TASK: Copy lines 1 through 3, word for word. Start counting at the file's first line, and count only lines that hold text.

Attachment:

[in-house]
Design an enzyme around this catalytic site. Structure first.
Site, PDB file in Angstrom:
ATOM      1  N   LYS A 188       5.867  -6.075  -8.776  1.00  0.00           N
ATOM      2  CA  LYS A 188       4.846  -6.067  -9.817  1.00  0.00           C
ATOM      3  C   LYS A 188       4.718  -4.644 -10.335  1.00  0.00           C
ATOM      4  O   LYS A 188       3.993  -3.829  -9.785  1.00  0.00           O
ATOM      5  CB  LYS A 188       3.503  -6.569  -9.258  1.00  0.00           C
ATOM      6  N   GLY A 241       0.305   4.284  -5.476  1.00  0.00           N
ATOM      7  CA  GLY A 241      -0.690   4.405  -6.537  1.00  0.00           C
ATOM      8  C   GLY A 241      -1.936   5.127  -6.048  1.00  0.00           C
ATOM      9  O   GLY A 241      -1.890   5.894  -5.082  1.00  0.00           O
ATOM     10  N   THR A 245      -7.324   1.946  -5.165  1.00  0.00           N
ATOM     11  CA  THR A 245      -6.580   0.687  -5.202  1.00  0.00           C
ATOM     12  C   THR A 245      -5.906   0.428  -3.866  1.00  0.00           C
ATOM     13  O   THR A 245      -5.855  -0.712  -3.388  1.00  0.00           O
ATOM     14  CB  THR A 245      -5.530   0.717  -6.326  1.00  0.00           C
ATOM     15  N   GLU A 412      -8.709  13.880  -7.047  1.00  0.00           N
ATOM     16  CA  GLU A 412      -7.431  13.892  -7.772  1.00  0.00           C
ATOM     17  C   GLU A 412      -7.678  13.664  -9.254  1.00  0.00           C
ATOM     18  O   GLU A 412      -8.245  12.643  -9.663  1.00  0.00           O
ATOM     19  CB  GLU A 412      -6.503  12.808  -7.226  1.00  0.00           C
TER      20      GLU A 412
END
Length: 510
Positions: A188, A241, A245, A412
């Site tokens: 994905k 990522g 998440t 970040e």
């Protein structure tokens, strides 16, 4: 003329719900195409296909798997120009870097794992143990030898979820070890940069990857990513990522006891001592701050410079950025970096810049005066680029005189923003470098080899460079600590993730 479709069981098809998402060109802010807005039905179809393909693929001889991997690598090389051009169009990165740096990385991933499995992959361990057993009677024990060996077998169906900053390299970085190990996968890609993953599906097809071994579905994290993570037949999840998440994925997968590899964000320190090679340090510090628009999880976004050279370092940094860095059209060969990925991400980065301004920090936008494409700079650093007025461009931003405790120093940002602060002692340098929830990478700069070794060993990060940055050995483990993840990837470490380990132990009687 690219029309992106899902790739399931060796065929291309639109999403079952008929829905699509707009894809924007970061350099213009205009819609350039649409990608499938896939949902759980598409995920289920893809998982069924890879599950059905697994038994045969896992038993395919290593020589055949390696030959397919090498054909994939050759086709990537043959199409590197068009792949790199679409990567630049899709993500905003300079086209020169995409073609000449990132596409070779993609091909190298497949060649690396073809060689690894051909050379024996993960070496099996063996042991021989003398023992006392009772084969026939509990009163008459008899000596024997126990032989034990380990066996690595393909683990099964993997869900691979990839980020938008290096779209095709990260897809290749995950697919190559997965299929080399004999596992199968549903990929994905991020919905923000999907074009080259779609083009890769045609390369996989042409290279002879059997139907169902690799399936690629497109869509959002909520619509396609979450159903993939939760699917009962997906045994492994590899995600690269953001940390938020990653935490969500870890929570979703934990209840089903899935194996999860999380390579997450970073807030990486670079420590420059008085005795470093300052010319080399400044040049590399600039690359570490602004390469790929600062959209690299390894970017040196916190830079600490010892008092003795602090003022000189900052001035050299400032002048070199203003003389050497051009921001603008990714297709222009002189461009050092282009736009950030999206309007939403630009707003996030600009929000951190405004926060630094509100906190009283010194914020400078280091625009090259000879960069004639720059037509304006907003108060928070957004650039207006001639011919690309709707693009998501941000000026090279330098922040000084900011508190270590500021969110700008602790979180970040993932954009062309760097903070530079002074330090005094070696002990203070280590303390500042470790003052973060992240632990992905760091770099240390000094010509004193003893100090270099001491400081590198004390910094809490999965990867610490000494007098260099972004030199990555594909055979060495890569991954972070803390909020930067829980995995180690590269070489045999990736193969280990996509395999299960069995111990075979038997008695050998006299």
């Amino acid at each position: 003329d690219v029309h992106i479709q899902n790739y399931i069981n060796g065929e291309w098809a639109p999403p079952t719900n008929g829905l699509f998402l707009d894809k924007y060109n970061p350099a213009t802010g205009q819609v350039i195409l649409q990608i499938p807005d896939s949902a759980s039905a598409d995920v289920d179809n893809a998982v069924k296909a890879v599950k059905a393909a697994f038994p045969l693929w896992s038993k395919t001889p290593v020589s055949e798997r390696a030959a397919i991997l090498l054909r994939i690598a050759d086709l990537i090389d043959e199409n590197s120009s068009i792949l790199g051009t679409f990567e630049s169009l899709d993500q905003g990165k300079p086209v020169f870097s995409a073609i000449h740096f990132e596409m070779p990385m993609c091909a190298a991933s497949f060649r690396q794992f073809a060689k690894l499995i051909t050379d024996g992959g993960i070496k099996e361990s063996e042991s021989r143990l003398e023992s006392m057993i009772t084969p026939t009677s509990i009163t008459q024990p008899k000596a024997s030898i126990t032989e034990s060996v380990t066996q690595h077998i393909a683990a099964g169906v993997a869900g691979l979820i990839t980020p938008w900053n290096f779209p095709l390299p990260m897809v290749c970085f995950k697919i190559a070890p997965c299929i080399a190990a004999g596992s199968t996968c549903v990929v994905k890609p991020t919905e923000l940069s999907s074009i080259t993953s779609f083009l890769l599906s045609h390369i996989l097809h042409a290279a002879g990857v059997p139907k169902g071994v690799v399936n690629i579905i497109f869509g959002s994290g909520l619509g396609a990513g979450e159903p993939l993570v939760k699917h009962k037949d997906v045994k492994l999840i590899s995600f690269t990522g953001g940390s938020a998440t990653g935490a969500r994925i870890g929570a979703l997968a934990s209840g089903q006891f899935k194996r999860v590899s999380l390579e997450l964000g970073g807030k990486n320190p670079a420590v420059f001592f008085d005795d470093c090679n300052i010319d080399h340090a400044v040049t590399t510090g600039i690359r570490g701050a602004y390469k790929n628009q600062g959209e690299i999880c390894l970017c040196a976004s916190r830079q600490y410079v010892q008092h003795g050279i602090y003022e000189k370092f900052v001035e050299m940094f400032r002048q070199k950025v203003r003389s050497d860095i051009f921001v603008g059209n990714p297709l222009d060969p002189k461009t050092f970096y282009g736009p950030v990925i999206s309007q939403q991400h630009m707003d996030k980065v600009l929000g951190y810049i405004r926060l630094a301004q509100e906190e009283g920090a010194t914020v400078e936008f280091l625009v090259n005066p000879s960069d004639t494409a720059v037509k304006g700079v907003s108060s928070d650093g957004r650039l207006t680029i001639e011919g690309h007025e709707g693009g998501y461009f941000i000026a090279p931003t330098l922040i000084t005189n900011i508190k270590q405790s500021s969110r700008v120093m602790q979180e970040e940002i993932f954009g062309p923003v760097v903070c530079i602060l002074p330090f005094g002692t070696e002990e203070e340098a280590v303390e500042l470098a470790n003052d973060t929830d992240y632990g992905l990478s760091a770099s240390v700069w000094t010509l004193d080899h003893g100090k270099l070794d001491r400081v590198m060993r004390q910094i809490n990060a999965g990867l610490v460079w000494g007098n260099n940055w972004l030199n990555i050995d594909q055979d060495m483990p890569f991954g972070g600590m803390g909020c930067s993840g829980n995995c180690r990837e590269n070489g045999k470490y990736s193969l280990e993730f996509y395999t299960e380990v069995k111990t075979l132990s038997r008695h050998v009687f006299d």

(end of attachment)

[in-house]
Design an enzyme around this catalytic site. Structure first.
Site, PDB file in Angstrom: